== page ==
For Immediate Release
Contact: Paul Fidalgo
Phone: (207) 358-9785
August 09, 2016
As billions of people watch in awe the astounding feats of the athletes competing in Rio, the Center for Inquiry expressed concerns that this massive audience may be unknowingly influenced by what amounts to Olympic-sized endorsements of baseless and often dangerous pseudoscientific health practices such as cupping, acupuncture, and others. The Center for Inquiry (CFI) is an organization that advocates for science, reason, and secularism.
“The promotion of unproven alternative treatments by Olympic athletes presents a genuine risk,” said Robyn Blumner, CEO of CFI. “We are inspired by the almost superhuman skill and the intense passion displayed by these athletes, and they are deservedly celebrated for their achievements. But their use of many so-called alternative treatments that are wholly unsupported by science or evidence have unwittingly lent those treatments a level of legitimacy that must be dispelled, so regular consumers don’t put their own health at risk.”
Several athletes, including U.S. swimmer Michael Phelps and gymnast Alexander Naddour, have boldly displayed the tell-tale signs of “cupping” on their bodies, in which heated glass cups create suction on the skin and allegedly aid with the “flow” of one’s “qi.” Apart from having no health benefits, cupping can be extremely dangerous, leading to horrible burn wounds and infections. Athletes also proudly don kinesiology tape — to the point of honoring one brand as the “official kinesiology tape of Team USA” — which purports to relieve pain and increase motion, but has no real proven effects. Olympic athletes have also publicly extolled the virtues of scientifically baseless treatments such as acupuncture and homeopathy in interviews about their pre-Olympic training and health regimens.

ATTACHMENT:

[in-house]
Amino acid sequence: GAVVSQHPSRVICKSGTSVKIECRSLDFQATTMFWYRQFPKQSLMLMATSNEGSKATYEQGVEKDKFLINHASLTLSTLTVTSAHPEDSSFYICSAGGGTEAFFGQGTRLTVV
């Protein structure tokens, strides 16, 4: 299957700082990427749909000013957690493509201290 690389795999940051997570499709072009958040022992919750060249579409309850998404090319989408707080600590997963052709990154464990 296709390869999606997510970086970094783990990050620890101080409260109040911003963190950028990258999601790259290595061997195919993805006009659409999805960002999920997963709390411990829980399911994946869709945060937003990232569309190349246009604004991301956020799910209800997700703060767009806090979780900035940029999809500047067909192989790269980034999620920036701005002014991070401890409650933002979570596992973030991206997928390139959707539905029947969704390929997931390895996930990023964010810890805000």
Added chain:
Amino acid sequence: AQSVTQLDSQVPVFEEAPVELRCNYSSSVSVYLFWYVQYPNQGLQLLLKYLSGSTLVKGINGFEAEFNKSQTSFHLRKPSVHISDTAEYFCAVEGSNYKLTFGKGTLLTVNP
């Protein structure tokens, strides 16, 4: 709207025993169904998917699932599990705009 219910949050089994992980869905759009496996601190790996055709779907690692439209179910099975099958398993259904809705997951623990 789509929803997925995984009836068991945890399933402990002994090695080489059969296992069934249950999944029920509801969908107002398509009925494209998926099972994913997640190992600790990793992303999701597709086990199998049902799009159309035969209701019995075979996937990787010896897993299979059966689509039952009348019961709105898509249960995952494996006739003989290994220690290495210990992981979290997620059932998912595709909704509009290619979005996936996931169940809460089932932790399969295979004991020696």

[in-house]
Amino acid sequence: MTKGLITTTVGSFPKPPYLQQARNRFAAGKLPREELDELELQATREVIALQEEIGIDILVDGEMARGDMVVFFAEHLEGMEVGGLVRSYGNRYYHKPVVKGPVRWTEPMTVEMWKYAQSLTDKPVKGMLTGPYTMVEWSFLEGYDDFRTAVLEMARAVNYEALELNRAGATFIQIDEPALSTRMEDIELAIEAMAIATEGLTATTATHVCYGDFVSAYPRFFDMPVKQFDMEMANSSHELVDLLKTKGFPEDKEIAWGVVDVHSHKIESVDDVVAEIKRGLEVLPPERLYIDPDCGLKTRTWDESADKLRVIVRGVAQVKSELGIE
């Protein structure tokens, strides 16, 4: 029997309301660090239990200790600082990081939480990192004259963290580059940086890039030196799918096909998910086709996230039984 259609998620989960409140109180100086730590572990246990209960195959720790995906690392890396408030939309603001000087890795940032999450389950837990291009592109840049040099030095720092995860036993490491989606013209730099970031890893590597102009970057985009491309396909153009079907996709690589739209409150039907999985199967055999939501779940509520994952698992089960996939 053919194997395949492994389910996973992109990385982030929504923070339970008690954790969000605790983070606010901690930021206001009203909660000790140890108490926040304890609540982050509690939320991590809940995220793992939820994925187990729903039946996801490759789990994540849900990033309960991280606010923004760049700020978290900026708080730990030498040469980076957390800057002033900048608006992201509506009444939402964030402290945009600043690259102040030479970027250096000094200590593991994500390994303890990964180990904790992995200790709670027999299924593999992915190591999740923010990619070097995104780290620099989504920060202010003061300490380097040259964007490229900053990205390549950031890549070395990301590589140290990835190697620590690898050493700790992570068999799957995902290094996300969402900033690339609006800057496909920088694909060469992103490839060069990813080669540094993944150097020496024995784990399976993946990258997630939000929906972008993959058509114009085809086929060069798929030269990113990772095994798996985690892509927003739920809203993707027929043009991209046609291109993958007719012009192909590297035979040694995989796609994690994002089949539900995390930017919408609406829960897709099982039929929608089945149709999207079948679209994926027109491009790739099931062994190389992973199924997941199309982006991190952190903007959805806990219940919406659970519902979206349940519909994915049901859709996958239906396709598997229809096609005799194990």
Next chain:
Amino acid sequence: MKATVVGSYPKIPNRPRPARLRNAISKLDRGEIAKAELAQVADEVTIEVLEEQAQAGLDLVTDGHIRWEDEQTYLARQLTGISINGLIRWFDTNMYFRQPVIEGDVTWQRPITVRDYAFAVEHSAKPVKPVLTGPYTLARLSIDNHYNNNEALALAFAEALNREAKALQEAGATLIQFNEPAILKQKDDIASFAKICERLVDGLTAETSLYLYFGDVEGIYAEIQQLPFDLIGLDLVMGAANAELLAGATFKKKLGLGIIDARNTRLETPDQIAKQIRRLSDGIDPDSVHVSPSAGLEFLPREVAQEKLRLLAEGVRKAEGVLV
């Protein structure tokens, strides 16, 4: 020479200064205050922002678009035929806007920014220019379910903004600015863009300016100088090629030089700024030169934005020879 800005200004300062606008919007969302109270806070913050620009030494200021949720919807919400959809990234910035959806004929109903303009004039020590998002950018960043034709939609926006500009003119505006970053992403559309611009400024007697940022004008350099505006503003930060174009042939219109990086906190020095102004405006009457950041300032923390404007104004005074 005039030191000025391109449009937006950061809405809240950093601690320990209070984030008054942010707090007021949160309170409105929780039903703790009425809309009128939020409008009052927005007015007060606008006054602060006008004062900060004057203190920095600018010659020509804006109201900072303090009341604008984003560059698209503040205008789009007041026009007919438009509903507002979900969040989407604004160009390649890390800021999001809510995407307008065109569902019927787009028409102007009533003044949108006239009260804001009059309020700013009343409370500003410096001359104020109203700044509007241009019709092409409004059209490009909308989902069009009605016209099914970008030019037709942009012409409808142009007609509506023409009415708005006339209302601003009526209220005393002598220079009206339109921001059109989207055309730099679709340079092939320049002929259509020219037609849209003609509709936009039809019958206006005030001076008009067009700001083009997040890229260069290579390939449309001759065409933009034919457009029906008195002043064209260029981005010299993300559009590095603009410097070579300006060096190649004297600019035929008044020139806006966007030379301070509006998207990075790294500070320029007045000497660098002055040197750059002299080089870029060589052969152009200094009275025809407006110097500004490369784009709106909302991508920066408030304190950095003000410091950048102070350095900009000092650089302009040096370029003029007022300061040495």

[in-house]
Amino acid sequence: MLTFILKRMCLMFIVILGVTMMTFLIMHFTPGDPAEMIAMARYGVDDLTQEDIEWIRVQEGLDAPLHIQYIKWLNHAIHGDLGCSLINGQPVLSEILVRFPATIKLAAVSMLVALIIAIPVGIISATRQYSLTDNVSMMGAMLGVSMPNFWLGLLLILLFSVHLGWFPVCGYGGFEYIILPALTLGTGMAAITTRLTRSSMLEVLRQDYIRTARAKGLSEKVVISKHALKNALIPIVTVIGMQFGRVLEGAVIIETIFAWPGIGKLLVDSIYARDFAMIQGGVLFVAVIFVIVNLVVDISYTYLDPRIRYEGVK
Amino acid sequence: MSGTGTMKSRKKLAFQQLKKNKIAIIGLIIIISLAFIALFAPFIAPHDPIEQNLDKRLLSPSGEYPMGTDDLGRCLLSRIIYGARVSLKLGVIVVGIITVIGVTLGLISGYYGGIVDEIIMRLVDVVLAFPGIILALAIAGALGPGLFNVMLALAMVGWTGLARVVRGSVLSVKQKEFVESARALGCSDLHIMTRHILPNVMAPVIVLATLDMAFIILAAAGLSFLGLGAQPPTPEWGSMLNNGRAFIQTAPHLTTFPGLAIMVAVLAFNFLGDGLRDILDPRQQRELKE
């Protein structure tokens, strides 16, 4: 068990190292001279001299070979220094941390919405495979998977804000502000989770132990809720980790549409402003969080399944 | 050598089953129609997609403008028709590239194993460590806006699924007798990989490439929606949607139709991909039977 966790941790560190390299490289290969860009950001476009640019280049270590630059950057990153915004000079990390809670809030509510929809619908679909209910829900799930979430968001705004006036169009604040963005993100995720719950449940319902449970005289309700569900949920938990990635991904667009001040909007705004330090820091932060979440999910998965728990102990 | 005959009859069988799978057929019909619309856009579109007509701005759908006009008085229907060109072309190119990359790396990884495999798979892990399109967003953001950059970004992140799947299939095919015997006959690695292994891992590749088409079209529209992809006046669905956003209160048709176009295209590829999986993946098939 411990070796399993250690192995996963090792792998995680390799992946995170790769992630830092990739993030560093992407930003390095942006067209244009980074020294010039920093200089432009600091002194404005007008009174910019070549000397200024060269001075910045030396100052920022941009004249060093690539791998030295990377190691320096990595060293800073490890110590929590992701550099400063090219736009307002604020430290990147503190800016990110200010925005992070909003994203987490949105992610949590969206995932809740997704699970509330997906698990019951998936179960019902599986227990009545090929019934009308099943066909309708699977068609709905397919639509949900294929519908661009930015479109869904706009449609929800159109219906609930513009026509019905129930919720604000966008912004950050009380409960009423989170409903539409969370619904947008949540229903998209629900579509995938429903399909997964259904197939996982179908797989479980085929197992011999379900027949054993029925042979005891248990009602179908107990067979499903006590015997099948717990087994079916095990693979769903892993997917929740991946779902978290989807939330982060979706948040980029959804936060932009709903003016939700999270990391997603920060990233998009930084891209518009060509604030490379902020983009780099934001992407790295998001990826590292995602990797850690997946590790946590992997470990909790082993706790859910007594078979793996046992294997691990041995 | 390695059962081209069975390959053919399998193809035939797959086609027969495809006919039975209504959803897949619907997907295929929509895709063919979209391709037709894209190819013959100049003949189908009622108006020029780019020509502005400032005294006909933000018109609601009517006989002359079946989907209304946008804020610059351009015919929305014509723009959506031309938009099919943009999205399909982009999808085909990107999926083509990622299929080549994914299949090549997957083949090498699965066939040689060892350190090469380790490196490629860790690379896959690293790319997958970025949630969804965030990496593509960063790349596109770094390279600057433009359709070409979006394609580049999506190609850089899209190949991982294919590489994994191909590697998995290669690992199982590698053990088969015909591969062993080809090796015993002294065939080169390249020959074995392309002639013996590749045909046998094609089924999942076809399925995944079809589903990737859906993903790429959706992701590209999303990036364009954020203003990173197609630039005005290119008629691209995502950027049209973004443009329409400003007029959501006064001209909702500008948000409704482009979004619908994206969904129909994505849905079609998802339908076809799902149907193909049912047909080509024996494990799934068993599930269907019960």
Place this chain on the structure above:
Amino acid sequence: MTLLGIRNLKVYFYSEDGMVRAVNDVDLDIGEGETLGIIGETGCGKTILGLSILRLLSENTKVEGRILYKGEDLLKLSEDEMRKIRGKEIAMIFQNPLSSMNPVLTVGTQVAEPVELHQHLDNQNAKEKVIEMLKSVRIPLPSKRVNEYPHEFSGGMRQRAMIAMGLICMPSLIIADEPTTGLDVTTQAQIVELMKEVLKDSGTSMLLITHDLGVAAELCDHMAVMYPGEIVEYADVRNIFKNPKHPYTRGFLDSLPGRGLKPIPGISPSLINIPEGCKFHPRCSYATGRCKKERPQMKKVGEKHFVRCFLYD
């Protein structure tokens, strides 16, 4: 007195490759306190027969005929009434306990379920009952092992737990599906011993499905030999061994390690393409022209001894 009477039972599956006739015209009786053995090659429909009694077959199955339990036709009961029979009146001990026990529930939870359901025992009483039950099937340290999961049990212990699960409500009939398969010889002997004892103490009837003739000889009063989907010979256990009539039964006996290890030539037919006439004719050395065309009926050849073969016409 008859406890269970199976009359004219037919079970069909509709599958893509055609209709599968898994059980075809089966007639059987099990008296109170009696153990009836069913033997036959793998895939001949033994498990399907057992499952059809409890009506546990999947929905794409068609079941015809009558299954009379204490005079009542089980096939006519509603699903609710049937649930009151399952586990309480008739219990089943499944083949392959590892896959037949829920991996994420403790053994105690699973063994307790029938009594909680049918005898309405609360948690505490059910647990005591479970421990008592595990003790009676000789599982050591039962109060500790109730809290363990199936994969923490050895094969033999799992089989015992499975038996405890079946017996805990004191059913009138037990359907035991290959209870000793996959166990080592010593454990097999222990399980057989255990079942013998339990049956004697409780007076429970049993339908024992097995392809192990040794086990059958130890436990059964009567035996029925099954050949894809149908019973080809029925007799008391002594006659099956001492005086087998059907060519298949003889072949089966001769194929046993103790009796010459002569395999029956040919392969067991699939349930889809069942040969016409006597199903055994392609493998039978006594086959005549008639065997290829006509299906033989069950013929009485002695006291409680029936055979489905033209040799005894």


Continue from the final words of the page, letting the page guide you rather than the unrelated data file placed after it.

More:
With an audience of millions upon millions around the world, watching with rapt attention and idolizing these heroic and accomplished athletes, the Center for Inquiry declared the need for the viewing public to understand the difference between scientifically proven treatments and those that are based solely on folklore and wishful thinking. The risks involved with pseudoscientific treatments have gone largely unmentioned by commentators, athletes, or the organizers of the games.
“People of all ages will understandably look to these athletes as paragons of health and fitness, and of course they will want to emulate them and mirror their behavior,” said Blumner. “Those athletes have every right to pursue the treatments they wish for themselves, but it’s also crucial that the media covering these games, the International Olympic Committee, and athletes themselves make clear that these pseudoscientific treatments are unproven, and that ‘alternative,’ ‘traditional,’ and ‘complementary’ treatments should never take the place of those based on hard science and real evidence.”
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The Center for Inquiry (CFI) is a nonprofit educational, advocacy, and research organization headquartered in Amherst, New York, with executive offices in Washington, D.C. It is also home to both the Committee for Skeptical Inquiry, the Council for Secular Humanism, and will soon be home to the Richard Dawkins Foundation for Reason & Science. The mission of CFI is to foster a secular society based on science, reason, freedom of inquiry, and humanist values. Visit CFI on the web at www.centerforinquiry.net.